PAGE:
In their first analysis using these data, they investigated whether the established 9p21 locus associated with subsequent events in individuals with established coronary heart disease. Confirming previous smaller studies, they showed that while genotype at 9p21 is associated with coronary disease when compared to healthy controls, 9p21 genotype is not associated with a risk of future events in people who already have coronary disease. Dr. Patel joins me to tell me more about the GENIUS-CHD consortium and the analyses described in these papers.
Today, I'm joined by Dr. Riyaz Patel, who's an associate professor at University College London and a cardiologist at the Barts Heart Centre in London. Dr. Patel, thank you so much for joining me.
Dr. Riyaz Patel: Pleasure to be on, thanks.
Jane Ferguson: So, as we're going to discuss, you are the lead author on two back-to-back publications that were published in Circ Gen this month exploring genetic predictors of coronary heart disease as part of the GENIUS-CHD consortium. Before we delve fully into them, could you tell us a little bit about your background and how you got into this research field?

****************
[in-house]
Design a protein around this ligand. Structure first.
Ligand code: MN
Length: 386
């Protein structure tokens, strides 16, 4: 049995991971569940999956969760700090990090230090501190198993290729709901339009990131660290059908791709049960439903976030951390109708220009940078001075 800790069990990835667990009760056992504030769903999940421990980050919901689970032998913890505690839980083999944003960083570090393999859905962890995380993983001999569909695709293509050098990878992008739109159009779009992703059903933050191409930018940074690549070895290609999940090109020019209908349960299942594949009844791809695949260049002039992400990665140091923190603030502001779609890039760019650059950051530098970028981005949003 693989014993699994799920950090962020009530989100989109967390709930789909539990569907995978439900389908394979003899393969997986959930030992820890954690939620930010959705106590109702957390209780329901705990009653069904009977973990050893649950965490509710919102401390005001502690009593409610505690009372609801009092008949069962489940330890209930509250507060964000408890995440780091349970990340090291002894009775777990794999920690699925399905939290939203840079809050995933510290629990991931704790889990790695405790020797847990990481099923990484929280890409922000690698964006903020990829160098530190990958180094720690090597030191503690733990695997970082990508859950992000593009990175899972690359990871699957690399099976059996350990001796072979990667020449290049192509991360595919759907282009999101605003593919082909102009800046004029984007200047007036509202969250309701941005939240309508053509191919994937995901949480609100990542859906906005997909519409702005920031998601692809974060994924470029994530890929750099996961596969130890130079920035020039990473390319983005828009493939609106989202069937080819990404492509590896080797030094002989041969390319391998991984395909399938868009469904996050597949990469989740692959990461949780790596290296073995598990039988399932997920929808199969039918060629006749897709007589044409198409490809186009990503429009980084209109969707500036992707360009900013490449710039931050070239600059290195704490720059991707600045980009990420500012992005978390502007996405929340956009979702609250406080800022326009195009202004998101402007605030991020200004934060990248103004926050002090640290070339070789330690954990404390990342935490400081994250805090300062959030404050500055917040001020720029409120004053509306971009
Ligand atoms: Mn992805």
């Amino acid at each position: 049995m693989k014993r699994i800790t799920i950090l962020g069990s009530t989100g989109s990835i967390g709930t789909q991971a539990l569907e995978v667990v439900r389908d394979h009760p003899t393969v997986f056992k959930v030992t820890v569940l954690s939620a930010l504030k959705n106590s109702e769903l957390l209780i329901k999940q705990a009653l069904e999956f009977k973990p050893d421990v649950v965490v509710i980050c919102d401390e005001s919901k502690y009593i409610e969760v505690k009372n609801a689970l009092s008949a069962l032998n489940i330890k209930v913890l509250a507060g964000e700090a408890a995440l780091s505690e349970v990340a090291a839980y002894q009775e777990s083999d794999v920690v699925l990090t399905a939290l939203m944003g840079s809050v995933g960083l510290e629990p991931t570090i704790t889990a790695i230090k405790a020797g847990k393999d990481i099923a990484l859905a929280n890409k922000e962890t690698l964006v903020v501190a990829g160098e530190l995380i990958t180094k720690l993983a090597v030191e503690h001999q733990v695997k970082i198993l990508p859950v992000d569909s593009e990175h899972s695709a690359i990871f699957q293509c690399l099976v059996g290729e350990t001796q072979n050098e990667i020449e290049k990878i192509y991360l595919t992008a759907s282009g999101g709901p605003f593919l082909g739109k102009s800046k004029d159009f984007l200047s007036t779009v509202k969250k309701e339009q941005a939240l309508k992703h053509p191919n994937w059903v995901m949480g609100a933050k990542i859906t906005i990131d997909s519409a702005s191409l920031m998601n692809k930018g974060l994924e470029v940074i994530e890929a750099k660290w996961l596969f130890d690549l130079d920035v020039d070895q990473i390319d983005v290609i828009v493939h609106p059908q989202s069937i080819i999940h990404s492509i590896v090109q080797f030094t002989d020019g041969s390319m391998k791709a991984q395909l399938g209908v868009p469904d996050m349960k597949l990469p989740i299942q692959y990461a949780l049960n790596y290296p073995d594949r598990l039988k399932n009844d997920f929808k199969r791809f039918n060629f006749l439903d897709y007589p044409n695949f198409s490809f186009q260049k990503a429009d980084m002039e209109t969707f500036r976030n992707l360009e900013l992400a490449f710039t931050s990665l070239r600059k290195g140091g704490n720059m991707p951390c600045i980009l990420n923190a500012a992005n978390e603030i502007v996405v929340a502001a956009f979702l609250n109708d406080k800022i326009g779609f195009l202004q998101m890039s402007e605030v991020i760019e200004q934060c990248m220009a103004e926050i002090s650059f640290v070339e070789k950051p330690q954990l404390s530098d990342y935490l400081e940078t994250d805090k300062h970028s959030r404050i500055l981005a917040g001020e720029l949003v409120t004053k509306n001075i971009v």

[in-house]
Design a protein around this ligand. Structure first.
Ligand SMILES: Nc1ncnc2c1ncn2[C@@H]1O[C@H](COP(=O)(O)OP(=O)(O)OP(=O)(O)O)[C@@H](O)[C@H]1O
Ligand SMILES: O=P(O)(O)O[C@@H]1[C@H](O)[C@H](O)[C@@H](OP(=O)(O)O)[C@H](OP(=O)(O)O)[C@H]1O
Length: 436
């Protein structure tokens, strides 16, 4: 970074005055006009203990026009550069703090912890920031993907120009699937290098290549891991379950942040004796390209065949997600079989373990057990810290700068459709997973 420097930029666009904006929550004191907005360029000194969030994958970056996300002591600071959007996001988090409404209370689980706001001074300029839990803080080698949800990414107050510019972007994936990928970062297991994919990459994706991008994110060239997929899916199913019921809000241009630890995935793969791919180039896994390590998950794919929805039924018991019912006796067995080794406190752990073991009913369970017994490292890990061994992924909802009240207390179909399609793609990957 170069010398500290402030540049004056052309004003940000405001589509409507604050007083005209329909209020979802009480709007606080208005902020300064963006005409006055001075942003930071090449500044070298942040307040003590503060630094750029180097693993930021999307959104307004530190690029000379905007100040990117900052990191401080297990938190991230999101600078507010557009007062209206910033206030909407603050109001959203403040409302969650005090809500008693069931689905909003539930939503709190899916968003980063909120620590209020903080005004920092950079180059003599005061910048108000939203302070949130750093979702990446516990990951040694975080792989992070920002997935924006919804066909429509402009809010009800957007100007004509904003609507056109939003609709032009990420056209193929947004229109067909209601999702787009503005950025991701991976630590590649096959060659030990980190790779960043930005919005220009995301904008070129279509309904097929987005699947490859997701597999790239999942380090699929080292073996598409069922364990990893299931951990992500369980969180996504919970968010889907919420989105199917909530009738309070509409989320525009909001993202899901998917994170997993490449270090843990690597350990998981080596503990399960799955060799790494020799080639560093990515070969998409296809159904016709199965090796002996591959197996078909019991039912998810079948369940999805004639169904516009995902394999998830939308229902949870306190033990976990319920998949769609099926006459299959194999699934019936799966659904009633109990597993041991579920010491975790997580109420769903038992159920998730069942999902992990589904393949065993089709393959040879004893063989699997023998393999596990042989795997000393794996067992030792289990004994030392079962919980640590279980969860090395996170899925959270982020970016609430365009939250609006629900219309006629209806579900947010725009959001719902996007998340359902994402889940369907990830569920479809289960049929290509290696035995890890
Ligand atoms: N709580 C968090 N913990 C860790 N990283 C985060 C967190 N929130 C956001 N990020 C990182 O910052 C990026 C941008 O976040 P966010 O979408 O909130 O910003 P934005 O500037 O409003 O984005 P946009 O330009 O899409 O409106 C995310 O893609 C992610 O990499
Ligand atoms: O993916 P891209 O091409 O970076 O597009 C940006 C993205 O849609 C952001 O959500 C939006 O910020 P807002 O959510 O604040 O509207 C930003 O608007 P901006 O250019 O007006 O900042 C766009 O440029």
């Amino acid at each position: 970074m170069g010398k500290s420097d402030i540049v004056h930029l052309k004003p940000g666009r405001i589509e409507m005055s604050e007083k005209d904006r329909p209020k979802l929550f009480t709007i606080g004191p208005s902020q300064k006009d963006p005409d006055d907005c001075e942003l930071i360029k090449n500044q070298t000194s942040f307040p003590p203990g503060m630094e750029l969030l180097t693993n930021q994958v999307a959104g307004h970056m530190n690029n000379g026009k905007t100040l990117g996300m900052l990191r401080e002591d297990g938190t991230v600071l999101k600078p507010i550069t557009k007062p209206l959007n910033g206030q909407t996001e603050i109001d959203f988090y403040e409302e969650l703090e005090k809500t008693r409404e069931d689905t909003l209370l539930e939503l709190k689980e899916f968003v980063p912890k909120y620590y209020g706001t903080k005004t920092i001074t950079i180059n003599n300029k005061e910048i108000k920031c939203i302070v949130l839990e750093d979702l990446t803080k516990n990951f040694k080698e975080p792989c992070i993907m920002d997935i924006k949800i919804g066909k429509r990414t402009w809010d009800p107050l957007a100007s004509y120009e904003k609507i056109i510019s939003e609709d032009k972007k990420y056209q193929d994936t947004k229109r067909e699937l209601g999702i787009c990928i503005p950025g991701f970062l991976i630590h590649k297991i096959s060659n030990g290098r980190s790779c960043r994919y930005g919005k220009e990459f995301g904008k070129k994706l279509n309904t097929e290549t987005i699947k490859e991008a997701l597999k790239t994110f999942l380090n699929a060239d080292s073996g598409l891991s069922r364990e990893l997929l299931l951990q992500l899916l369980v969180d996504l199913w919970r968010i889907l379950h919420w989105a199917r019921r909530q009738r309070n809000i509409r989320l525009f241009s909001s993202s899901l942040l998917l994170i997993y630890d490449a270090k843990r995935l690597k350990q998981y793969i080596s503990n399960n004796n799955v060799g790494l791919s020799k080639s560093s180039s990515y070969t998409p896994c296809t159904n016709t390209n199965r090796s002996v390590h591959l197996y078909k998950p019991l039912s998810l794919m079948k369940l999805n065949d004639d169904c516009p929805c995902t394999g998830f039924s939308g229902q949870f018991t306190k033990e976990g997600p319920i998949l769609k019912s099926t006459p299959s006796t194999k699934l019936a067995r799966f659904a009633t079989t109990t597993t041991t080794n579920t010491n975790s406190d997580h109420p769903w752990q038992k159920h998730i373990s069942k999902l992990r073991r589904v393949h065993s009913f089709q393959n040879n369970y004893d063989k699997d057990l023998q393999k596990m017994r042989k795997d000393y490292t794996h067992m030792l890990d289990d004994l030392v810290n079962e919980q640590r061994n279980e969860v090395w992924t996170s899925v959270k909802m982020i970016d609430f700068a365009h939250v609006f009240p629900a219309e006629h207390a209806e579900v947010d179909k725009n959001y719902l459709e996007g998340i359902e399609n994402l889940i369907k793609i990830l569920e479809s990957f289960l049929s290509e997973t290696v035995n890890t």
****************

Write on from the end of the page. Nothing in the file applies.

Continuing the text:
Dr. Riyaz Patel: Yes. I'm an academic cardiologist, as you know, and I first got into genetics of coronary disease about 12-13 years ago, now, around the time that genome wide association studies were about to take off, or were taking off. I studied, I worked at Emory University, in fact, in Atlanta, in the US. We had a very big cohort of patients who had coronary disease, who were undergoing coronary angiography. At that time, we were doing quite a lot of genetic association studies and biomarker work in patients with heart disease. One of the key problems we often encountered was sort of looking for replication cohorts and trying to do things at a bigger scale than what we had available. So that kind of really was the initial driver for trying to bring together a bigger collaboration to take that sort of work to the next level.